Did you know that 4-H, the nation’s largest youth development and empowerment organization, cultivates confident kids who tackle the issues that matter most in their communities? In Johnson County, 4-H is thriving.
With nearly 700 members, the Johnson County program, affiliated with K-State Research and Extension in Olathe, continues to grow and expand to reach new audiences.
National 4-H Week is Oct. 5 – 11, and the Johnson County program is currently enrolling for the new 4-H year. Early fall is the best time for new families to join 4-H. Families who join in the fall get the opportunity to experience the start of all new 4-H activities, such as electing club officers and selecting committee assignments.
4-H offers youth a one of-a-kind opportunity to gain lifelong skills through hands-on learning. The program is built on a foundation of three core areas: healthy living; citizenship; and science, technology, engineering and math. 4-H’ers gain skills in each of these areas throughout their 4-H experience through community service, projects and club involvement.
Why join 4-H?
Research has proven that participation in 4-H has a significant positive impact on young people. Recent findings from the Tufts University 4-H Study of Positive Youth Development indicate that, when compared to their peers, young people in 4-H are:
- Nearly four times more likely to contribute to their communities,
- Two times more likely to pursue healthy behaviors, and
- Two times more likely to engage in Science, Technology, Engineering and Math (STEM) programs in the out-of-school time.
Who can join?
Full 4-H membership starts at age seven and concludes at 18. An introduction to 4-H is available for youth ages five and six through Cloverbuds. There are 19 different clubs throughout Johnson County. There is no membership fee to join. The youth program is strongly family orientated. Parents and siblings are welcome to attend all 4-H events.
Learning life skills by doing
Valuable lifelong skills such as communication, leadership and citizenship are gained through youth projects. The Johnson County 4-H program has many different avenues for youth to become engaged in their own individual passion.
Each member chooses their projects at the beginning of the new 4-H year. With over 30 projects to choose from, and even a self-determined category, the Johnson County 4-H program can accommodate a wide variety of interests. A few of the most popular projects include: rocketry, foods and nutrition, dog care and training, clothing and textiles, and photography.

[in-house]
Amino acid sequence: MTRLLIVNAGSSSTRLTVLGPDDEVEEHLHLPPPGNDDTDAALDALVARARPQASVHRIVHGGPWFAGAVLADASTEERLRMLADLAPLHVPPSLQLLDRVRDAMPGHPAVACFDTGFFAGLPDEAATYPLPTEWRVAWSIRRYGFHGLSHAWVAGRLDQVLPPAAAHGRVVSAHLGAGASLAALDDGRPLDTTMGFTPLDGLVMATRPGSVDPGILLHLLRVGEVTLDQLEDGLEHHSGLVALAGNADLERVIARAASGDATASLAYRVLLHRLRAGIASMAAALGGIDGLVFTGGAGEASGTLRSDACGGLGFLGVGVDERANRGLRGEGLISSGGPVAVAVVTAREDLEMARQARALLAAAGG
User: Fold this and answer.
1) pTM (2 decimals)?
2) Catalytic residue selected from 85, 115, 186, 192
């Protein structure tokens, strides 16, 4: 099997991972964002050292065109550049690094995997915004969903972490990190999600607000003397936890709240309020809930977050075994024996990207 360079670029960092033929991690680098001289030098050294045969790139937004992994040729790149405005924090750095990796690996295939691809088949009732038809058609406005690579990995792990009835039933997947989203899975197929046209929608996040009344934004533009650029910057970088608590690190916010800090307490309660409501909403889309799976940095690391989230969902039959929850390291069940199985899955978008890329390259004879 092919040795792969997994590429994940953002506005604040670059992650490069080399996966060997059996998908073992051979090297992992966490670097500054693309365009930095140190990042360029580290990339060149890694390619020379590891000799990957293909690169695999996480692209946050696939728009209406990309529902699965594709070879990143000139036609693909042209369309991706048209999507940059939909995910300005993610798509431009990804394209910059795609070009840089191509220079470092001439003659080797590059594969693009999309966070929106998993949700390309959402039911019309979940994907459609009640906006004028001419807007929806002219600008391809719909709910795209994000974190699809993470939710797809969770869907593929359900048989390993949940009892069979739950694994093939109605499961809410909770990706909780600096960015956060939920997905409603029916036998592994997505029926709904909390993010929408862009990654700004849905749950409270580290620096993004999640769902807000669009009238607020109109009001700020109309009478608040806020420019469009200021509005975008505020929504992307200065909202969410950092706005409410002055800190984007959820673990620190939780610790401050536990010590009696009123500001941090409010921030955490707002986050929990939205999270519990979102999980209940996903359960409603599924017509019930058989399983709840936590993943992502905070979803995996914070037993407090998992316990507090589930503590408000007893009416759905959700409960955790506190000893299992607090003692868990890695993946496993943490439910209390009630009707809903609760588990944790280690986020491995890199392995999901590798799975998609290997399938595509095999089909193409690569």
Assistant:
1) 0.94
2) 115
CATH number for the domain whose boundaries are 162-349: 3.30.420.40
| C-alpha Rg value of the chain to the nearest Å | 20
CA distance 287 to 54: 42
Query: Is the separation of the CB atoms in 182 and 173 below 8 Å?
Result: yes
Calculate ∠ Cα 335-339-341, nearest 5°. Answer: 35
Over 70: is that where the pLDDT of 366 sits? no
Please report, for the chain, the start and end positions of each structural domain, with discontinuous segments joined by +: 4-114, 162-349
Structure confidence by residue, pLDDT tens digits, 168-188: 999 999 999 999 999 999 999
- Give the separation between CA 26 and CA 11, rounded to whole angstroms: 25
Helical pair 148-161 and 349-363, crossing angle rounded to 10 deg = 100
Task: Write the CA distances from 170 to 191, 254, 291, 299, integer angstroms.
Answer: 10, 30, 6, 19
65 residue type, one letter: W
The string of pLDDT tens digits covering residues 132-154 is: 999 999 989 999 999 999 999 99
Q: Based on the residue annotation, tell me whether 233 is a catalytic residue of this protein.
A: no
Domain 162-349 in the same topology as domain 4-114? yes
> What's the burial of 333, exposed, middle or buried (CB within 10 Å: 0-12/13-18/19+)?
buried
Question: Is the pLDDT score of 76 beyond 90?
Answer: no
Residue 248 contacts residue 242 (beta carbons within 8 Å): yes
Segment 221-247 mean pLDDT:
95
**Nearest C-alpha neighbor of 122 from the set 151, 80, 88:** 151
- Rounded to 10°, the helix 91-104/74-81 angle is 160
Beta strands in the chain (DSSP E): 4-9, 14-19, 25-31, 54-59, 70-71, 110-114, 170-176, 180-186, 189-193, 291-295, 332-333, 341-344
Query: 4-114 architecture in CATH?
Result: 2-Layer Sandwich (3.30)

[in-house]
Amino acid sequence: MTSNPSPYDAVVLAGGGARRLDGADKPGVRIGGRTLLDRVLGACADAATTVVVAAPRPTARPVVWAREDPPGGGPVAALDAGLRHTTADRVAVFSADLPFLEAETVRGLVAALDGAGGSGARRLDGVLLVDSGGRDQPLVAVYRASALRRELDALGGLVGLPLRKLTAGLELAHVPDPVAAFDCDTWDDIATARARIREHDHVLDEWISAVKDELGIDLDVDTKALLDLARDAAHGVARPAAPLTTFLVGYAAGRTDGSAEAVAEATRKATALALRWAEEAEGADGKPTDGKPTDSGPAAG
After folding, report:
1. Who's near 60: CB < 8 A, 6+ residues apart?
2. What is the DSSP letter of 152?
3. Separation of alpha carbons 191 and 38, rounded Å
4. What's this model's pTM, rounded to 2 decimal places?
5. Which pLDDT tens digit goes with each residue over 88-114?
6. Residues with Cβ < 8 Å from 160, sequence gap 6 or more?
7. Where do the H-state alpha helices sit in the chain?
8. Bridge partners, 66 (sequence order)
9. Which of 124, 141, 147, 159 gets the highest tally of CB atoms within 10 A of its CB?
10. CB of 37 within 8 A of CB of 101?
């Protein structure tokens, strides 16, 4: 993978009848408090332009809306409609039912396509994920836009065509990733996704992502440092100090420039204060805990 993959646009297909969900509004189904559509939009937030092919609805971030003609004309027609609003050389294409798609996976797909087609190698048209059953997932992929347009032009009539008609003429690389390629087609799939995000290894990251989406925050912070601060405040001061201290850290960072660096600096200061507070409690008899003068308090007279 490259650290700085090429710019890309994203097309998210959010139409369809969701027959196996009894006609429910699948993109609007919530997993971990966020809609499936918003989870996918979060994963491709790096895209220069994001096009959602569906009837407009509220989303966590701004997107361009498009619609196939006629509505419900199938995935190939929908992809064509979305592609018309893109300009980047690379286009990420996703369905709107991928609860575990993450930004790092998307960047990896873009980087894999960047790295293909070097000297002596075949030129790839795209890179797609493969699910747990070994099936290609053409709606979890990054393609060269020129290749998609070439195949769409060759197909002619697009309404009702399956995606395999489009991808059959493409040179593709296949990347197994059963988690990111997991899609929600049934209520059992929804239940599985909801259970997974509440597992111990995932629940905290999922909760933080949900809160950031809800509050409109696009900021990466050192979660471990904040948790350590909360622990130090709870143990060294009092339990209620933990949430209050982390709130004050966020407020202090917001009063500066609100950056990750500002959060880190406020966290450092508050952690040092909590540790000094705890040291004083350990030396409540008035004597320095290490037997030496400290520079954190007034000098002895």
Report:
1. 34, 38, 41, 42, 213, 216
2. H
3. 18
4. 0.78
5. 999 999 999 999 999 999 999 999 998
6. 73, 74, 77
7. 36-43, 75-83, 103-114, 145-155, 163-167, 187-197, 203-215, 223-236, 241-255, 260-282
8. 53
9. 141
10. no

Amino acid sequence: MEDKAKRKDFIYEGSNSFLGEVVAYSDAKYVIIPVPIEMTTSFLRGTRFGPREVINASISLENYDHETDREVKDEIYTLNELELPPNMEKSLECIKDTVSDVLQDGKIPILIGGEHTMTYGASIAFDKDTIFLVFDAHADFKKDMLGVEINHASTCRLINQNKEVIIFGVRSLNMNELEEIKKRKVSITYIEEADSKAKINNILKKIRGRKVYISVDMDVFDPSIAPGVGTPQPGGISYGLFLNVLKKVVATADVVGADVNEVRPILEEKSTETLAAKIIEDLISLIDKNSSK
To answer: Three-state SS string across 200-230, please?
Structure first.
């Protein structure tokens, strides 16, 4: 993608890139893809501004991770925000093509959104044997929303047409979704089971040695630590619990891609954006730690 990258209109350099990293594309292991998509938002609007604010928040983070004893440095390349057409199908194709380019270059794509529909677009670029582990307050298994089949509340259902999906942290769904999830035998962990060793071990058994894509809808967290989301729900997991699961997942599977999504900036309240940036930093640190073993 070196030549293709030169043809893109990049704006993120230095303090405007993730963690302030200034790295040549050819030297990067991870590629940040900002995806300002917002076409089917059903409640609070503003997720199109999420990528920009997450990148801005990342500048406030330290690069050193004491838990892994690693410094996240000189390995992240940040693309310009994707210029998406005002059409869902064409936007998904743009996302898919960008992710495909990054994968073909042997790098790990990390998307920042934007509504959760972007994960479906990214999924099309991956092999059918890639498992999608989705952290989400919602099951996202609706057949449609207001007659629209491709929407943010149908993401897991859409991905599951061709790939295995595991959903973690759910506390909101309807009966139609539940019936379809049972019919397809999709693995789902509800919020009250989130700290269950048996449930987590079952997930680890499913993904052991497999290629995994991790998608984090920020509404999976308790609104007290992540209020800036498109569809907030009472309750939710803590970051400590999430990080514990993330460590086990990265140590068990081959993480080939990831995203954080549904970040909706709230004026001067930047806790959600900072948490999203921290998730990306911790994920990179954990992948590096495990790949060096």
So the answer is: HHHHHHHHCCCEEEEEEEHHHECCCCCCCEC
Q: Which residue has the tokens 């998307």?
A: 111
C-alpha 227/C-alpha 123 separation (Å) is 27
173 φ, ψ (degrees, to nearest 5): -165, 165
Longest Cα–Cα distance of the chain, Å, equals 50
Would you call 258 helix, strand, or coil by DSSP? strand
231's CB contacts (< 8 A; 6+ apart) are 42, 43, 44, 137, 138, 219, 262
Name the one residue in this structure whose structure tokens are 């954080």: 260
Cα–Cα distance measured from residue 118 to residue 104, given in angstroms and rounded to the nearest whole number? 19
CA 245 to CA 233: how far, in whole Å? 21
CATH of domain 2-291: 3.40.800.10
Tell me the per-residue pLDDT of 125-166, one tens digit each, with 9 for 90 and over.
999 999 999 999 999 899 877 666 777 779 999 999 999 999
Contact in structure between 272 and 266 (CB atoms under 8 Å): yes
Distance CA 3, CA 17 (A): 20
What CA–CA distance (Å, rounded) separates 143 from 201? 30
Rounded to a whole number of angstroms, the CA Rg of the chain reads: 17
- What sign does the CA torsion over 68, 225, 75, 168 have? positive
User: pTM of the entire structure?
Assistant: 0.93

In the self-determined category, youth are able to create a project by developing the what, why, when, where, who and how into an action plan designed by and for the member. A self-determined project might be a new or different project, or an expansion of a traditional project. A few of the self-determined projects which have been done in the county in the past include:
- bee keeping,
- entrepreneurship, and
4-H instills a strong work ethic by offering the opportunity to compete in a positive and supportive environment, interact with teen and adult mentors, and build lifelong relationships. 4-H also continues to give back to its members after membership ends. Alumni have the opportunity to apply for college scholarships to strengthen their lifelong learning habit.
Johnson County 4-H youth development has many different avenues for youth to become engaged in their own individual passion. The mission is to grow youth members into tomorrow's leaders.
The Johnson County 4-H program is the perfect choice for any youth looking to learn through doing. For more information about joining 4-H contact Tara Markley, county Extension agent, at 913-715-7000 or visit www.johnson.ksu.edu/4H.